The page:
01 Apr 1998
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Snapshot: Gary DiCamillo, Polaroid's CEO

by Nancy O. Perry

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Gary T. DiCamillo (MBA '75) was second in command at Black & Decker Corporation and leading a turnaround of that company's power tools division when Polaroid snapped him up in late 1995. The world-famous instant-imaging company made him the first noninsider CEO in its sixty-year history. A marketing specialist with an engineering background, DiCamillo immediately set about restructuring Polaroid, filling key positions with new people, "refreshing the brand," as he puts it, and instituting cost-cutting measures to stem a decade of lagging performance. That process included difficult decisions about reducing the company's work force; most downsizing was achieved through attrition and early retirement incentives.

"This is not an earthshaking turnaround," notes the straight-talking DiCamillo during an interview in his modest Cambridge, Massachusetts, office. "Rather, it is a work in progress." DiCamillo is seated before a tall cabinet displaying a collection of Polaroid cameras and equipment spanning six decades - including famed inventor-founder Edwin Land's "Land" camera and the all-time best-selling "One Step" camera. He explains that Polaroid, the worldwide leader in instant imaging with $2.2 billion in sales, is now in the early stages of an eighteen-month streamlining and consolidation strategy that was announced in December. He expects that within the next year an exciting line of Polaroid products - including an instant single-use camera - will start to emerge.

The photography business, DiCamillo observes, is on the threshold of change. "This industry is moving to digital," he explains. "Its evolution is being affected by the Internet, personal computers and peripherals, and the information explosion. We're smack in the middle of it."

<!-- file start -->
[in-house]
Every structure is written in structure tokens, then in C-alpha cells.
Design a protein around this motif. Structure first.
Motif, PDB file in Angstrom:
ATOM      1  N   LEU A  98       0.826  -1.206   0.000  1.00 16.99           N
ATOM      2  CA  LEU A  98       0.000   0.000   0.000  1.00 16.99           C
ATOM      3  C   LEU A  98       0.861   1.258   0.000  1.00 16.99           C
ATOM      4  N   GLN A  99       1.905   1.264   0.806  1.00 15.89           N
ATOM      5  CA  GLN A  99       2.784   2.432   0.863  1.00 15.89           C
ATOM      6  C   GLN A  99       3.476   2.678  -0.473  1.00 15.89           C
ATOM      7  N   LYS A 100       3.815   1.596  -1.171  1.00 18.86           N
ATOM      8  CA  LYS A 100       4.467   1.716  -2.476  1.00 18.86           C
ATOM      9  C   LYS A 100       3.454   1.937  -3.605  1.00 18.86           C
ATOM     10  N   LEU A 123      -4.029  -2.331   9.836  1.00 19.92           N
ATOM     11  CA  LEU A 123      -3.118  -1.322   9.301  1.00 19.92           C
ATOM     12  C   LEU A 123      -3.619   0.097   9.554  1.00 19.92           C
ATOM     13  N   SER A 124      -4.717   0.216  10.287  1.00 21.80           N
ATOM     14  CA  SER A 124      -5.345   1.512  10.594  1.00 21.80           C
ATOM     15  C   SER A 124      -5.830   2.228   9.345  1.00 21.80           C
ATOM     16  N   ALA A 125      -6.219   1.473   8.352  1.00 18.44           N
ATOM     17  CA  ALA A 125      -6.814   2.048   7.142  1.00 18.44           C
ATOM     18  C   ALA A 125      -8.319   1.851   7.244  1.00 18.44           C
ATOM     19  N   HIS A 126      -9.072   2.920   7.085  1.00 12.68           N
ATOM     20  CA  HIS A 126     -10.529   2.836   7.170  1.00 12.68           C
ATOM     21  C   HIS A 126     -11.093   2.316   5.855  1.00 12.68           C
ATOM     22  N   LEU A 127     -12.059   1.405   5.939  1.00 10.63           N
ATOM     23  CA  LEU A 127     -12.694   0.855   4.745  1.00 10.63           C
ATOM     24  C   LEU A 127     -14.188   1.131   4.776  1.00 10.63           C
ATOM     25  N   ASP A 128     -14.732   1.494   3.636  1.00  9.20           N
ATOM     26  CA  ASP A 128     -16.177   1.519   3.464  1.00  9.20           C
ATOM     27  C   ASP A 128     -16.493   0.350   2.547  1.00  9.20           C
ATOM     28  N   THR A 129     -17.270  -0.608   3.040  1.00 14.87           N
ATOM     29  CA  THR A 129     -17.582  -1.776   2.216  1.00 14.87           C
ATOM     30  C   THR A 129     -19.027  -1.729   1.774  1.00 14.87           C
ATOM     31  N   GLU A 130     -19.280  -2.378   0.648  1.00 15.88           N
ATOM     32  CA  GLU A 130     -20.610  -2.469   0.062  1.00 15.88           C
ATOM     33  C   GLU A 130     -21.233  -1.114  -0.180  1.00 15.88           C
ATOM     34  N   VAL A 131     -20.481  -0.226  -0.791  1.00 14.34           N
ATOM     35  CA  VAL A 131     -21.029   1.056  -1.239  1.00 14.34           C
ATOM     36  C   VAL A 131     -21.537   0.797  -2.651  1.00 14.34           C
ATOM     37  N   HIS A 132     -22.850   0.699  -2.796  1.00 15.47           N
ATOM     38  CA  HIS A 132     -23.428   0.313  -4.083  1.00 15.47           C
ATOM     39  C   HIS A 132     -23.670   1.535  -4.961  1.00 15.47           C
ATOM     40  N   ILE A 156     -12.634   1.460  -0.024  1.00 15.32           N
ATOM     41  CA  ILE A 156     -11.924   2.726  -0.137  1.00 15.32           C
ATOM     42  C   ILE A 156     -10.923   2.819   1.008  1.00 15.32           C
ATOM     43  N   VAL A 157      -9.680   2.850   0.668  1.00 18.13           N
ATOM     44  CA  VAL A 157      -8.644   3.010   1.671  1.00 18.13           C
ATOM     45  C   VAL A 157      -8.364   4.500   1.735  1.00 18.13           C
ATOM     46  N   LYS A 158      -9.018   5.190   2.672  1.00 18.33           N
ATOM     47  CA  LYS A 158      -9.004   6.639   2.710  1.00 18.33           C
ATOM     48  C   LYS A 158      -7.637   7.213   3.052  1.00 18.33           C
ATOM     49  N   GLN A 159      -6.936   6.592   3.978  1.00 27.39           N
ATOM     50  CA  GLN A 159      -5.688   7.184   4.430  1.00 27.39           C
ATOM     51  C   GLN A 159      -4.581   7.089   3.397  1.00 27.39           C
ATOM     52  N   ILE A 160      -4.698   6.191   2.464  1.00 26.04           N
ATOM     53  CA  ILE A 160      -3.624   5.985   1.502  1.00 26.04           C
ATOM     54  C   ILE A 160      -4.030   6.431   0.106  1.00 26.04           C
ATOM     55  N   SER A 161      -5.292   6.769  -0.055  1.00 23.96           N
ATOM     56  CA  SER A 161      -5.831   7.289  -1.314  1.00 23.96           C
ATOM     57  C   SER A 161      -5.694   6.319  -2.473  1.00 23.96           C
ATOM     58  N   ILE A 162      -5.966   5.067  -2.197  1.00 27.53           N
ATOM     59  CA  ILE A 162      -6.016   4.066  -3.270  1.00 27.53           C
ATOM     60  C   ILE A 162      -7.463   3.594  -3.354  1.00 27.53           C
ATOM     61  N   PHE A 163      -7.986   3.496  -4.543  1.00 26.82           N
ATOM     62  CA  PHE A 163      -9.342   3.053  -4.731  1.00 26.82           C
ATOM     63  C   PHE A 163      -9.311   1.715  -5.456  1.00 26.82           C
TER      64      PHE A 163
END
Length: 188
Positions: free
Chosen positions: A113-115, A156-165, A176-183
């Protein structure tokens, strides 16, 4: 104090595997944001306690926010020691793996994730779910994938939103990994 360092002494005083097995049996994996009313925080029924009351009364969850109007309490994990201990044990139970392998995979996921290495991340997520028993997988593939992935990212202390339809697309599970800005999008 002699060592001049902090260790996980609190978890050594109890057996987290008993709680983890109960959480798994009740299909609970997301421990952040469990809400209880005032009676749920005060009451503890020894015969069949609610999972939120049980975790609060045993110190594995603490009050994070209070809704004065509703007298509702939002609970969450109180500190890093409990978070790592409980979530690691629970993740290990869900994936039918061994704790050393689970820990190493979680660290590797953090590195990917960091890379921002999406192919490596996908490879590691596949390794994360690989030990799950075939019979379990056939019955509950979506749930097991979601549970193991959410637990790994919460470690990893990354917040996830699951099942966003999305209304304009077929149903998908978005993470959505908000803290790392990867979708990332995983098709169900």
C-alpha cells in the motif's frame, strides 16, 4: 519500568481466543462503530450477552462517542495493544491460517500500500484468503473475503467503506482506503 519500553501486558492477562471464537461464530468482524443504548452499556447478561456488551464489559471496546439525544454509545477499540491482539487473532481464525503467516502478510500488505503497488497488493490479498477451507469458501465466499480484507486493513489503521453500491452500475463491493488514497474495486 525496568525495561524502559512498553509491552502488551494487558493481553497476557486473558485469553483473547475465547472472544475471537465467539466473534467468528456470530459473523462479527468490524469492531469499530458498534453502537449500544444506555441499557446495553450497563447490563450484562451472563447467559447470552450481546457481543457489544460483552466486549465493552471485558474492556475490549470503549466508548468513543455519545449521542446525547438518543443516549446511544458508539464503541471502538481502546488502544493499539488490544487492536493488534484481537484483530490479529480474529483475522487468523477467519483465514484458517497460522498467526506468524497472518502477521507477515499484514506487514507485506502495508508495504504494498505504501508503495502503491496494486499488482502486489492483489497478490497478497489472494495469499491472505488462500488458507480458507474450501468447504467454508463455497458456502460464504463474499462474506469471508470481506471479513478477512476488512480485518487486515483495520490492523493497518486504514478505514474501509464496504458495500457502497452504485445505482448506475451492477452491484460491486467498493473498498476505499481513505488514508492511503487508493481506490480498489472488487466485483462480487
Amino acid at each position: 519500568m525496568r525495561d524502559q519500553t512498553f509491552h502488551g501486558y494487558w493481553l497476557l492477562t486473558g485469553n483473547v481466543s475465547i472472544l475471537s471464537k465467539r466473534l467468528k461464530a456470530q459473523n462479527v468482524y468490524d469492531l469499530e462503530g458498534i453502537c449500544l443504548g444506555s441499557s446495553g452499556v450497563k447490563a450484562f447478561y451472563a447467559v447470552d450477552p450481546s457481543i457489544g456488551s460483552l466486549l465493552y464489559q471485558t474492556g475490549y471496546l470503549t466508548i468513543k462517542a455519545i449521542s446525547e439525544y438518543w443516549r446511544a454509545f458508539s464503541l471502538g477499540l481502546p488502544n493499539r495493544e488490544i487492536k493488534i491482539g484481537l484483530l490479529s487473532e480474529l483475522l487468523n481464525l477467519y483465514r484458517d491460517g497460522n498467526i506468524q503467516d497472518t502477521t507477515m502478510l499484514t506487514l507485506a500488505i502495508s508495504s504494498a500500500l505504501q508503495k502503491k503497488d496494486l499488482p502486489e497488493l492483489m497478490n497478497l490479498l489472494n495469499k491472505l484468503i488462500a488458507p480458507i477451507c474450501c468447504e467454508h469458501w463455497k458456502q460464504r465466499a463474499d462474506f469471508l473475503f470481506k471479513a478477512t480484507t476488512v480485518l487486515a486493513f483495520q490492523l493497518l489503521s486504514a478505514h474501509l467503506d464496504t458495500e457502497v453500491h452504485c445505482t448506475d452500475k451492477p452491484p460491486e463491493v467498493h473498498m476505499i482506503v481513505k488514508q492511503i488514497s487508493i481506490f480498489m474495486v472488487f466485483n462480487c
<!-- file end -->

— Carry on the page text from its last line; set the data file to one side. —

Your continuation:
One of Polaroid's challenges, DiCamillo notes, will be transposing some of the company's formidable technological know-how to the newer segments of the market and offering digital products that fit the user-friendly Polaroid tradition. Two current examples are the recently launched PhotoMAX Digital Camera Creative Kit, a filmless camera with CD-ROM software that captures and edits images on personal computers, and the PDC-2000, an affordable digital camera for industrial and commercial photographers.

DiCamillo takes a somewhat cautious approach, however, to the enthusiasm surrounding digital imaging. "Some people think photography is going to go away as everything in our industry becomes digitized. But I disagree," he says. "I think analog photography will endure, because it still satisfies many users, and digital imaging businesses will grow up around it, creating a much bigger, faster-growing market. Our challenge will be deciding which of those markets to pursue."

With more than half of the company's business outside the United States, DiCamillo sees tremendous potential abroad, especially for instant imaging, where infrastructure is not required. "If you're in the hinterlands of China," he asks, "where are you going to have your 35-mm film processed? You won't find a Walgreens." To begin a relationship with a new country, Polaroid, the world's largest driver's license producer, often starts with a national identity-card program. In Mexico, for example, the company ran the country's voter registration/identity card system. DiCamillo notes with pride that last June's elections there were perhaps the "cleanest" in Mexican history, due to the minimization of fraud and vote tampering afforded by the highly secure Polaroid card.

DiCamillo jokingly compares his job to "someone changing the fan belt while the engine is running. We're still selling cameras and film and growing all around the world," he notes, "but it's not the kind of growth befitting a company in this exciting digital arena. Still," he concludes with a smile, "we'll get there."

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